Edited By Tom Gill, Brigitte Steger and David H. Slater
This Spoiled Soil: Place, People and Community in an Irradiated Village in Fukushima Prefecture
← 200 | 201 → TOM GILL
This Spoiled Soil: Place, People and Communityin an Irradiated Village in Fukushima Prefecture1
What constitutes a community? At the simplest level, a community is a group of people who live in the same place. In rural Japan, the link between people and place, between the soil and the people who work it, retains an overwhelming ideological significance – a significance encapsulated in the word ‘furusato’. It is translated as ‘hometown’ or ‘native place’. Yearning for the furusato is expressed in countless sentimental ballads, many of which praise the mountains, valleys, woods and rivers of a particular furusato. One particular song, simply entitled Furusato, has been sung by all children attending state schools in Japan since 1914.2 As Jennifer Robertson correctly observes, ‘the ubiquity of furusato as a signifier of a wide range of cultural productions effectively imbues those productions with unifying – and ultimately nativist and national – political meaning and value’ (Robertson 1988: 494). Love for one’s home community is an emotion endorsed by the national culture in a similar way to love for one’s mother.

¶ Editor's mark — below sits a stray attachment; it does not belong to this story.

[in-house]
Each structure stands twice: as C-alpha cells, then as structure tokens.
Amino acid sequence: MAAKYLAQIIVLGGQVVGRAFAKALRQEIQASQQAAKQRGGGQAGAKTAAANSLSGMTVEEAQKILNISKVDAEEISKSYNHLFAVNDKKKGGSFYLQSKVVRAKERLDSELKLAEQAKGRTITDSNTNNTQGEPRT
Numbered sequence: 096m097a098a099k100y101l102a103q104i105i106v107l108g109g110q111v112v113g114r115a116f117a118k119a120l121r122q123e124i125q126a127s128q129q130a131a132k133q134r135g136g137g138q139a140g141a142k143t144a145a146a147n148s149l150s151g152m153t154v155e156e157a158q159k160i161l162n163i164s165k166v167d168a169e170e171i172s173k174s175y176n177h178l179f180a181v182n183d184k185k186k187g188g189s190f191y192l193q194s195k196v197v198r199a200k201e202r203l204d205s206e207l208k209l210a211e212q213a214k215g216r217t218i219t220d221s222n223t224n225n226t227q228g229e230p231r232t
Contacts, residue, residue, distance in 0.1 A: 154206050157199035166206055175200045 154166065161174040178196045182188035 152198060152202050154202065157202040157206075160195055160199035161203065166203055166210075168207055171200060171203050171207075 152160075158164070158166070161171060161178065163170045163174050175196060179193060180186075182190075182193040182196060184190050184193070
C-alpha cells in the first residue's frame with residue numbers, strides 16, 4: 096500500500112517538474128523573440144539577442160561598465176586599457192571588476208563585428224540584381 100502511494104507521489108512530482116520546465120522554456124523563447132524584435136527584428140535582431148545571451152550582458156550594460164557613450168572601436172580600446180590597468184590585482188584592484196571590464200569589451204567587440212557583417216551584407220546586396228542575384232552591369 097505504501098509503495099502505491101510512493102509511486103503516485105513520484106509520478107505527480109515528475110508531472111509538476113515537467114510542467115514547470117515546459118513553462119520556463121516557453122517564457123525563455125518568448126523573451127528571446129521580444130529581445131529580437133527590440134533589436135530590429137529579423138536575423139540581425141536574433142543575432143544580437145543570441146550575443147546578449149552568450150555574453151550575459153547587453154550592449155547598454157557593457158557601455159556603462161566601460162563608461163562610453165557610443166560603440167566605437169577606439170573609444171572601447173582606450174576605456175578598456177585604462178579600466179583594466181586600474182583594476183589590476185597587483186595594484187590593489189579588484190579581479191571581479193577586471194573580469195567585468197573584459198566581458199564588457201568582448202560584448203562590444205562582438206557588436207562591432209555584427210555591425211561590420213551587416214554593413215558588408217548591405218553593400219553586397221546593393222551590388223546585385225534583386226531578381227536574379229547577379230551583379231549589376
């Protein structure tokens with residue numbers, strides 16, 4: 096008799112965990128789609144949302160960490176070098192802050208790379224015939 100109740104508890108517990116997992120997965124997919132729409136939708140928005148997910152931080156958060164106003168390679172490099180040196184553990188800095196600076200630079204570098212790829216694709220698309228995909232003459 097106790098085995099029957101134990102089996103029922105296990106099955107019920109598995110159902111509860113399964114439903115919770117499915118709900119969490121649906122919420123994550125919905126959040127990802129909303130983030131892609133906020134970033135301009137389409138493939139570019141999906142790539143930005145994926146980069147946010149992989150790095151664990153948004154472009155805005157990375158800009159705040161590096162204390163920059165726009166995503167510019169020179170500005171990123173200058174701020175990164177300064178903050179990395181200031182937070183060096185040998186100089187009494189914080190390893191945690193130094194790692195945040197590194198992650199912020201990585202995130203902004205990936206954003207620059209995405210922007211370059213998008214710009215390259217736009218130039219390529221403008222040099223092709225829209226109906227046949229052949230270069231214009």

Yet there is an irony here. The cultural emphasis on the furusato has persisted despite the fact that most Japanese long since ceased to live in the prototypical rural village. Nowadays 90 per cent of Japanese people live in urban areas, and the rural/urban imbalance in population is more acute ← 201 | 202 → than in any other major industrialized society.3 Thus the gap between the furusato as...
You are not authenticated to view the full text of this chapter or article.
This site requires a subscription or purchase to access the full text of books or journals.
Do you have any questions? Contact us.Or login to access all content.